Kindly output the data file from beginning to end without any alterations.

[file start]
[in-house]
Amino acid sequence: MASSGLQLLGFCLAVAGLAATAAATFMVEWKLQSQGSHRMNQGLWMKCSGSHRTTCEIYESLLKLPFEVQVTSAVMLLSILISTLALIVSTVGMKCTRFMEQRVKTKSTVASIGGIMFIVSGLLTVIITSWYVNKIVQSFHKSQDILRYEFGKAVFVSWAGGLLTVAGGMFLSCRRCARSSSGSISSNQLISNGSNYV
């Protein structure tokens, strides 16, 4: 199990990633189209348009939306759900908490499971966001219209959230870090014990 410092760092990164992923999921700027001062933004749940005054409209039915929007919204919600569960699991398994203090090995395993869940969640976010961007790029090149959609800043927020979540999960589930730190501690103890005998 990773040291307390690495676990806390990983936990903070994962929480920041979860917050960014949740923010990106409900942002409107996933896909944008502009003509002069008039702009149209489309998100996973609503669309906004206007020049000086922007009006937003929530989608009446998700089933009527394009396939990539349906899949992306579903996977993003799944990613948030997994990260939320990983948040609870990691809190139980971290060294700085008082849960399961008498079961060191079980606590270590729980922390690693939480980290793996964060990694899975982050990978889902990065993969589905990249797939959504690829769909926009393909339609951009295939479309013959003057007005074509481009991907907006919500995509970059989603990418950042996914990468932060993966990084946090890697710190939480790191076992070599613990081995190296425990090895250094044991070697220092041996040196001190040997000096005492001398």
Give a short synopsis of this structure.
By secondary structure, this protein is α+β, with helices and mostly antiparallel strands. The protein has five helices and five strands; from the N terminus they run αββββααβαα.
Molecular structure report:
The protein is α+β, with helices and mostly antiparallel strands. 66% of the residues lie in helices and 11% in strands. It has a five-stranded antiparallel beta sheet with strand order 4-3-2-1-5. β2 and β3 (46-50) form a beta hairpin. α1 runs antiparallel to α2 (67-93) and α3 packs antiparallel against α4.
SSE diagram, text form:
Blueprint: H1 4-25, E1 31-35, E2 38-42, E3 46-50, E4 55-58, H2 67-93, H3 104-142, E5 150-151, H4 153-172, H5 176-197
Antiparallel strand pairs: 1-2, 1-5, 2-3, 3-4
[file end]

[in-house]
Amino acid sequence: MASSGLQLLGFCLAVAGLAATAAATFMVEWKLQSQGSHRMNQGLWMKCSGSHRTTCEIYESLLKLPFEVQVTSAVMLLSILISTLALIVSTVGMKCTRFMEQRVKTKSTVASIGGIMFIVSGLLTVIITSWYVNKIVQSFHKSQDILRYEFGKAVFVSWAGGLLTVAGGMFLSCRRCARSSSGSISSNQLISNGSNYV
């Protein structure tokens, strides 16, 4: 199990990633189209348009939306759900908490499971966001219209959230870090014990 410092760092990164992923999921700027001062933004749940005054409209039915929007919204919600569960699991398994203090090995395993869940969640976010961007790029090149959609800043927020979540999960589930730190501690103890005998 990773040291307390690495676990806390990983936990903070994962929480920041979860917050960014949740923010990106409900942002409107996933896909944008502009003509002069008039702009149209489309998100996973609503669309906004206007020049000086922007009006937003929530989608009446998700089933009527394009396939990539349906899949992306579903996977993003799944990613948030997994990260939320990983948040609870990691809190139980971290060294700085008082849960399961008498079961060191079980606590270590729980922390690693939480980290793996964060990694899975982050990978889902990065993969589905990249797939959504690829769909926009393909339609951009295939479309013959003057007005074509481009991907907006919500995509970059989603990418950042996914990468932060993966990084946090890697710190939480790191076992070599613990081995190296425990090895250094044991070697220092041996040196001190040997000096005492001398």
Give a short synopsis of this structure.
By secondary structure, this protein is α+β, with helices and mostly antiparallel strands. The protein has five helices and five strands; from the N terminus they run αββββααβαα.
Molecular structure report:
The protein is α+β, with helices and mostly antiparallel strands. 66% of the residues lie in helices and 11% in strands. It has a five-stranded antiparallel beta sheet with strand order 4-3-2-1-5. β2 and β3 (46-50) form a beta hairpin. α1 runs antiparallel to α2 (67-93) and α3 packs antiparallel against α4.
SSE diagram, text form:
Blueprint: H1 4-25, E1 31-35, E2 38-42, E3 46-50, E4 55-58, H2 67-93, H3 104-142, E5 150-151, H4 153-172, H5 176-197
Antiparallel strand pairs: 1-2, 1-5, 2-3, 3-4